Grief is strange.

From the time I was 15 to the time I was 30, I lost 16 friends (to death). Most were close friends. There were car accidents, freak accidents, and illnesses. The first few friends I lost I thought ‘why me’.  I was young, I didn’t realize that death occurs to the person who died, it’s just the living who have to deal with it. In losing those friends (and additionally grandparents and aunts and uncles), I have had a fairly good education in grief. I have learned to show-up when someone dies.  I don’t always have the right thing to say, I don’t always say anything at all, I just show up.  And in doing that, it has lead many to believe I have some magic way of dealing with grief. I don’t think that is the case at all. Grief is strange and confusing. In the past few weeks, folks have emailed and called and asked me how I gain perspective during loss.  The answer is, I don’t know. I just do the best I can and when I say ‘I show up’ I mean that I not only show up for others, but I also show up for myself.

I was asked to write about grief and what it means for me right now.  Here is my take.

I was told once that you shouldn’t carry grief, it’s too heavy and burdensome to hold. Instead, let grief walk next to you.  For a while, it will (unfortunately) always be there. It will sometimes take the lead, even when you don’t want it to.  But eventually you will look over and it will have fallen behind. Then it might catch up, but fall behind again.  Then one day, one miraculous day, you will only see it if you squint, back near your horizon.

I have found three things to be be true about that idea: 1. it’s pretty good advice 2. it takes work 3. the timeline for that varies wildly from person to person to event. If grief is the price we pay for love (and I believe it is), you have to accept that there is no escaping it. When I lost Max, I tried to carry the grief. It was so heavy and so all-consuming, I felt I wouldn’t survive. I was sad, but I was even more overcome with a feeling that it would just never end. With Melvin, I’m sad, but I’m stronger. I don’t know why. Even from the day we found out about the cancer, there was a voice that said, you will get through this. I fought a lot with that voice, I told it to shut the F up. But then I realized that Melvin spent years showing me that no matter what life throws at us, keep moving forward. In a way, he helped to prepare me for this loss.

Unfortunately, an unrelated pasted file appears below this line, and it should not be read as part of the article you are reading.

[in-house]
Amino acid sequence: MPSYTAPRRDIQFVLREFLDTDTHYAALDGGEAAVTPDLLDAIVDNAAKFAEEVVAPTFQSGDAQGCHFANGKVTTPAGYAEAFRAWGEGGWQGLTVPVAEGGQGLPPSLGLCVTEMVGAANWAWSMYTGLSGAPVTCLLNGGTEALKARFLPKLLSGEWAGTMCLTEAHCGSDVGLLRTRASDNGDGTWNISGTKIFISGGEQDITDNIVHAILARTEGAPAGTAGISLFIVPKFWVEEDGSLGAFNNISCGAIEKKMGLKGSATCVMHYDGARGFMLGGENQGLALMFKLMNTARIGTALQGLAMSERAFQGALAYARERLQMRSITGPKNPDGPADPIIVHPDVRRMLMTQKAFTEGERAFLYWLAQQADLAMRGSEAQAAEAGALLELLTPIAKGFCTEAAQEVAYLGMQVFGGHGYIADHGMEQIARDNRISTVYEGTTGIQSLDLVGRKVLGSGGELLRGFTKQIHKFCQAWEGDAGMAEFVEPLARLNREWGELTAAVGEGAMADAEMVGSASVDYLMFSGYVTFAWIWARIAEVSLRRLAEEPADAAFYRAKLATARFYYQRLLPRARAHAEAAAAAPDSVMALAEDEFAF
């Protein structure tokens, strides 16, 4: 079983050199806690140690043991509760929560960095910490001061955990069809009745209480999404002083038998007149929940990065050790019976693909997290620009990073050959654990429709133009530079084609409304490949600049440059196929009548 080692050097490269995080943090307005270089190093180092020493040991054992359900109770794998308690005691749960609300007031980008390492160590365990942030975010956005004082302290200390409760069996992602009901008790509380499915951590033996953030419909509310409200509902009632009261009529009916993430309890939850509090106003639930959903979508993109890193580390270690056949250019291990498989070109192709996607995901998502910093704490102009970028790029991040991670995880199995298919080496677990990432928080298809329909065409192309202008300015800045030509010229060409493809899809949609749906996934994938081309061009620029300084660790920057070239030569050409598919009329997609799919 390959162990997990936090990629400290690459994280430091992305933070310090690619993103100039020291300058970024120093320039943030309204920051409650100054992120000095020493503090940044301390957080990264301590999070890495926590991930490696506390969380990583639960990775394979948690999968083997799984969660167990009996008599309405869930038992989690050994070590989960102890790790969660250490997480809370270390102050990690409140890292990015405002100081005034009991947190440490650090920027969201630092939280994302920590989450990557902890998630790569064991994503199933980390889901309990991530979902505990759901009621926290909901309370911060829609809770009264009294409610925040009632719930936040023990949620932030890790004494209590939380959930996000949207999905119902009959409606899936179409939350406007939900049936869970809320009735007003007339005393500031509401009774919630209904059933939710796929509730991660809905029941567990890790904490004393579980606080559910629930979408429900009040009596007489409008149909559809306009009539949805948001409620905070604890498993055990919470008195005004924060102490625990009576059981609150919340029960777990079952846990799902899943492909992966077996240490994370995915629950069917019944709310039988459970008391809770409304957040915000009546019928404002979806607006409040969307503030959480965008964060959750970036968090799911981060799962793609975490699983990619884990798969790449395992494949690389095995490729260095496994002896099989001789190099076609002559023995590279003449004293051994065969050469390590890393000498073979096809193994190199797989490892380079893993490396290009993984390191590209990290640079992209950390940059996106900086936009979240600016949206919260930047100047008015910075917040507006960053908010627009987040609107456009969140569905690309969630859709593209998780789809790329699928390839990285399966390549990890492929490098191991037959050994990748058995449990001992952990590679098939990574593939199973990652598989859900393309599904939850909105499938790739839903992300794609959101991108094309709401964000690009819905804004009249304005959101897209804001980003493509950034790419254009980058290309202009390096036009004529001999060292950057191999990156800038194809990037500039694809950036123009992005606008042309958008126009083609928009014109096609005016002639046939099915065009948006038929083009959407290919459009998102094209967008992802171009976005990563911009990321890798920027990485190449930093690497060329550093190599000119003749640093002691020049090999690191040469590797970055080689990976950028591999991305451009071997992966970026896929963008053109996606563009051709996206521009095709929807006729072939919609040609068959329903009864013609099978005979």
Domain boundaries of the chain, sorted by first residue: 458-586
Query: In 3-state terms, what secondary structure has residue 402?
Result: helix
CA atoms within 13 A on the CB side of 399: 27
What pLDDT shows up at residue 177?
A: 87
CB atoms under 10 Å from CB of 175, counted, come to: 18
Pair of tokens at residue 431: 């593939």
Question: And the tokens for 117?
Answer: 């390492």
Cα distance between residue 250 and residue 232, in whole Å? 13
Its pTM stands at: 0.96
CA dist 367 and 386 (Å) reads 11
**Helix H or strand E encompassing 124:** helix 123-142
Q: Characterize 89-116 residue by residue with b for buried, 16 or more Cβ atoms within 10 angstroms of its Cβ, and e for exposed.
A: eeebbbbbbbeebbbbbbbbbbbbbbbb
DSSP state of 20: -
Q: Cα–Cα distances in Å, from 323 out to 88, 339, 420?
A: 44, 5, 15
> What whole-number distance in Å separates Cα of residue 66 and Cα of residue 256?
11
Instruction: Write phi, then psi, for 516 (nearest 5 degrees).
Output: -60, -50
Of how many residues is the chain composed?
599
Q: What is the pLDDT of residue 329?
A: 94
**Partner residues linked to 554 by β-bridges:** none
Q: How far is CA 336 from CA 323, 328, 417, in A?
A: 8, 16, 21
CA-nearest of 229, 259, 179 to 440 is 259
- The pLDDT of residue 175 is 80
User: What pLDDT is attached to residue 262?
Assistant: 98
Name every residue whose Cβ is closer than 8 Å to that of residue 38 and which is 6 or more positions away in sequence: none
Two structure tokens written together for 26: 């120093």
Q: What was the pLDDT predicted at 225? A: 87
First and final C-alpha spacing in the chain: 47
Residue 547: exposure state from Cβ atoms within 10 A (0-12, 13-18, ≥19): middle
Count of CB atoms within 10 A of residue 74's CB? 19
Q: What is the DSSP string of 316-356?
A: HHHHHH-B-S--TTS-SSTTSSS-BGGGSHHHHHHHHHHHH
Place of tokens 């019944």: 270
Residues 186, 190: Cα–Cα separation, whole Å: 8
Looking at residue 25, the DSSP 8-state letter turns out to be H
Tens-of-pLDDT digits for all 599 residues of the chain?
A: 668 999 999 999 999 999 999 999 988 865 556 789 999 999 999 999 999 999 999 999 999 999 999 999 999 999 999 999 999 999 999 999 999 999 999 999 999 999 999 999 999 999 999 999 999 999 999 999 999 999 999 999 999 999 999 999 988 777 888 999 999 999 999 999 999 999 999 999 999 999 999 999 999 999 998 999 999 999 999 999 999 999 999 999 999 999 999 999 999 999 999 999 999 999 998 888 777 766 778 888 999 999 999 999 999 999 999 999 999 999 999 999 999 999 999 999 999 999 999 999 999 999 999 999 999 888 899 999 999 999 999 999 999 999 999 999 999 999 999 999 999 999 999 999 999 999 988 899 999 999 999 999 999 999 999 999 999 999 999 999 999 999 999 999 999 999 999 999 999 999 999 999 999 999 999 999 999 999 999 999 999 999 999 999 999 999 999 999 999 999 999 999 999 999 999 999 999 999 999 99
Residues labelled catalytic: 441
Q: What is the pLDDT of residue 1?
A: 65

We have to go through grief, we can’t go around it. Most days, grief owns us, we don’t have a ton of control over raw emotion. For me, I’m processing the whole losing Melvin thing in flashes. There is his life prior to March. That part is lovely. There is his birthday on March 2nd, it was just a day (we rarely know it will be a last birthday), but it is the last date on the calendar that I can make sense of. Then there is the day after his birthday, that’s the day we found out.  I can hear the words cancer and dying, but then my thought process changes. Or stops. Or moves so fast I can’t think clearly. Forty days connect the line from the day we found out to the day we said good-bye. Memories of those days vary – from my recall of how overwhelmed I felt to how much love we shared.  From the visual of him losing weight and having some physical symptoms to him being joyful and exuberant. From me being terrified about him collapsing to me just loving him.  From Melvin and Jake, to me and Melvin, all in the most random order. Most days I can’t even let myself get far enough to make sense of it. And that’s OK. When my mind is ready, it will smooth it all out. I’m probably not supposed to remember it all. There is no way I could forget Melvin but there is also no way I could recall every single moment.  I believe the ones I need will stay with me and I accept the reality that, some will fade.  Also, I back up my photos on like 40,00 devices, so there is that!

I will admit that I still cry myself to sleep some nights, but I will also tell you with absolute certaintiy that I am OK.  I have not had a moment where I think I won’t get through it. I’ve tried not to focus too much on it’s been one week or two weeks, because personally,  that doesn’t help me. For example, today is one month since I’ve hugged him. One month can seem like a nanosecond and forever, at the same exact time.